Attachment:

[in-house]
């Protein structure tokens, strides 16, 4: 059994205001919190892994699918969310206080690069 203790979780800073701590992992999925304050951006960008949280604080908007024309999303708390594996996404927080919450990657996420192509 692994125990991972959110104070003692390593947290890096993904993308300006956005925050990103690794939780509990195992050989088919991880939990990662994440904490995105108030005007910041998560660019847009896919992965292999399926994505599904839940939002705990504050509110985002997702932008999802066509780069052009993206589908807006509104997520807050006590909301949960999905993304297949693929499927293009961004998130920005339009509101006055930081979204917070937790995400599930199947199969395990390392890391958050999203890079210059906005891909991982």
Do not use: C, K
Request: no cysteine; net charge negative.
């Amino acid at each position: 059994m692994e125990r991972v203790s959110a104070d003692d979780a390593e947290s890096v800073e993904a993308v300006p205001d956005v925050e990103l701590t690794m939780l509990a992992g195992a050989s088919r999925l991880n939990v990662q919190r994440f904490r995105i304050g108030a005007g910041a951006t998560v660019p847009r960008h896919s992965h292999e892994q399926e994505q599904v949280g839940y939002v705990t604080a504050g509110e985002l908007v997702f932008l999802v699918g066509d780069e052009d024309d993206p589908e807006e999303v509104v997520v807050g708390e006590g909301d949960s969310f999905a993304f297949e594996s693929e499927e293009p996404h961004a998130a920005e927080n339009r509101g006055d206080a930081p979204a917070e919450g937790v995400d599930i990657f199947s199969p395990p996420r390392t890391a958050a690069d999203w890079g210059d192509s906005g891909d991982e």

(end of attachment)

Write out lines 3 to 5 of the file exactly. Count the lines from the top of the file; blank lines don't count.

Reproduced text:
Do not use: C, K
Request: no cysteine; net charge negative.
């Amino acid at each position: 059994m692994e125990r991972v203790s959110a104070d003692d979780a390593e947290s890096v800073e993904a993308v300006p205001d956005v925050e990103l701590t690794m939780l509990a992992g195992a050989s088919r999925l991880n939990v990662q919190r994440f904490r995105i304050g108030a005007g910041a951006t998560v660019p847009r960008h896919s992965h292999e892994q399926e994505q599904v949280g839940y939002v705990t604080a504050g509110e985002l908007v997702f932008l999802v699918g066509d780069e052009d024309d993206p589908e807006e999303v509104v997520v807050g708390e006590g909301d949960s969310f999905a993304f297949e594996s693929e499927e293009p996404h961004a998130a920005e927080n339009r509101g006055d206080a930081p979204a917070e919450g937790v995400d599930i990657f199947s199969p395990p996420r390392t890391a958050a690069d999203w890079g210059d192509s906005g891909d991982e």